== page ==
Gustav Holst (1874 – 1934) has become one of today’s 20th century’s most renowned classical composers. He is famed for transforming the heights of musical composition in the world but he is most recognized for his world-famous composition The Planets. Aside from changing the face of composition in the world, he is also credited with being responsible for the advancement of English orchestral music by helping it to move forward beyond the boundaries of England and the UK. To learn more about this impressive man, here are 10 INTERESTING Facts about the Composer – Gustav Holst:
Facts About Gustav Holst:
- Family life
Gustav Holst was born in 1874 in Cheltenham to a Swedish father, Adolf Von Holst and an English mother, Clara von Holst. Holst came from a highly musical tradition as his father was a well-known composer and teacher of harp music. His father, on the other hand, was a professional musician. Holst received a large portion of his early education from his father. When Gustav was only 8, his mother passed away but his father opted to send him to the Cheltenham Grammar School for Boys, which is where he learned how to play the piano and organ pieces as well as compose anthems and symphonies.
2. Neuritis in his arm
As a child, Holst struggled with his health, a fact that his father often seemed to ignore. He suffered from bad eyesight and would struggle with breathing difficulties from time to time. As a child, he also developed neuritis in his arm, which refers to the inflammation of the nerves around his arms that was often extremely painful for Holst. He maintained and struggled with this condition all through his career and was even forced to stop playing the piano because of the condition.
3. He was extremely intelligent
Aside from creating marvelous compositions, Holst also seemed to excel in other areas of life. As a matter of fact, it is said often that he rarely failed at anything that he attempted. Although he is remembered greatly for his composing, his forte was varied and wide to include opera and chamber music, as well as orchestral and vocal music. He was also highly interested in astrology and Sanskrit literature which helped to influence his music, therefore making it distinct and different from all others.
4. Vaughan Williams
When Holst was only 21 years old, he met Vaughan Williams who was Holst’s best friend and fellow musician. Vaughn Ralph Vaughan Williams was an equally respected composer that managed to create nine successful symphonies, operas and film scores. Both Holst and Williams were huge fans of English folk songs, which they employed heavily in their compositions to produce some of the best music the world has ever heard. The two lifelong friends were each other’s greatest critics.
Holst met William Morris who encouraged him to join the Hammersmith Socialist Choir where he taught madrigals created by Thomas Morley and works by Mozart. It was at the Hammersmith Socialist Choir that Morris met and fell in love with the youngest soprano, Isobel Harrison. The two got married at the Fulham Register Office on 22nd June 1901 and after settling down, Isobel took part in dressmaking so that they could make ends meet. In 1907, they had their first daughter Imogen.
After getting married, Holst’s tried to make money from his works but publishers would often reject his pieces. It was during this period of financial struggle that Holst took up his first teaching job at Allen’s Girls School in Wets Dulwich where he worked as the music master. He worked in several schools after that including as the Director of Music at St. Paul’s Girls School in Hammersmith, as well as the Director of Music at Morley College; he maintained these two positions until he passed away.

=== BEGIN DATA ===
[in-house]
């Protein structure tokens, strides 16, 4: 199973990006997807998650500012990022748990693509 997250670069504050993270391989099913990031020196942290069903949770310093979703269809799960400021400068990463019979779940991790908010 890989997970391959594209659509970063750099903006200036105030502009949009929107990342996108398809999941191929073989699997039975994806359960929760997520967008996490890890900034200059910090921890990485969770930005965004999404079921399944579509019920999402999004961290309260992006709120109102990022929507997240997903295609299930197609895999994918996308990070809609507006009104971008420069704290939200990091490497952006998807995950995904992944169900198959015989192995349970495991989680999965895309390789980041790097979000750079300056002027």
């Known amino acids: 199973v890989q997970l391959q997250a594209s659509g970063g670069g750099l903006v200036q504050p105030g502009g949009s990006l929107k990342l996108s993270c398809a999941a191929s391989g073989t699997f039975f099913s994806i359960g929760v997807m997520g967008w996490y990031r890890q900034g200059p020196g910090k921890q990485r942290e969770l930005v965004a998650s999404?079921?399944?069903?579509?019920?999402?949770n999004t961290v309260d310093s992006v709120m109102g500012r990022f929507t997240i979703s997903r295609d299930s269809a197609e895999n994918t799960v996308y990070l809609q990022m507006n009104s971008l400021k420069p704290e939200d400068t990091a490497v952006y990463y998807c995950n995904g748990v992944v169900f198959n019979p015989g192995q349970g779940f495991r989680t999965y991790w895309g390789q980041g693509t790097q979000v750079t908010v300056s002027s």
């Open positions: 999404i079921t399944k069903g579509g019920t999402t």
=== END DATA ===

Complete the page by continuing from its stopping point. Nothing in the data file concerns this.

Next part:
7. The Planets
Gustav Holst was a remarkable composer that dabbled in many genres. However, he is most recognized for his seminal work The Planets, which is a pigeonhole that many people sadly place him in despite his impressive oeuvre. In 1908 he traveled to Algeria where he was enthralled by the concept of Astrology and the Algerian culture, which largely inspired the creation of The Planets. At first, he created The Planets to represent his journey from an industrialized nation (his country Britain) which was represented by the planet Mars to the last stage of his enlightenment which was represented by Neptune. He called the composition Seven Pieces for Large Orchestra but the names of the planets were added later on in the process.
8. Other works
Because the Planets became so successful after it was performed for the first time, it blinded the public about Holst’s actual musical capability and genus. As a result, many of his pieces were unknown during his lifetime and many are still undiscovered and remain unpublished even decades after his death. Holst came up with over 200 works that included ballets, songs, operas and choral hymns.
Because he was a loner and was extremely shy, the few friendships that he did manage to create lasted until his passing from congestive heart failure at the age 59. He was a well-known vegetarian and he lived an extremely clean lifestyle as he never drank or smoked. Since he was also obsessed with astronomy, he would often create horoscopes for his friends.
10. Lost pages found
Lost sheet music belonging to Gustav Holst was discovered in New Zealand after years of being lost. The pages of handwritten music by the composer were found in a regular archive cleanup at the New Zealand based Bay of Plenty Symphonia as they were clearing up the music library. The handwritten music that was discovered was pages of original Holst music from 1906.
Among them was a previously unpublished version of “Folk Songs from Somerset,” which features a collection of folk songs that were once conducted by Holst. Evidence that the pages were indeed Holst’s include his address written on the top of one page as well as signatures and a handwriting that matches the composer’s previous work.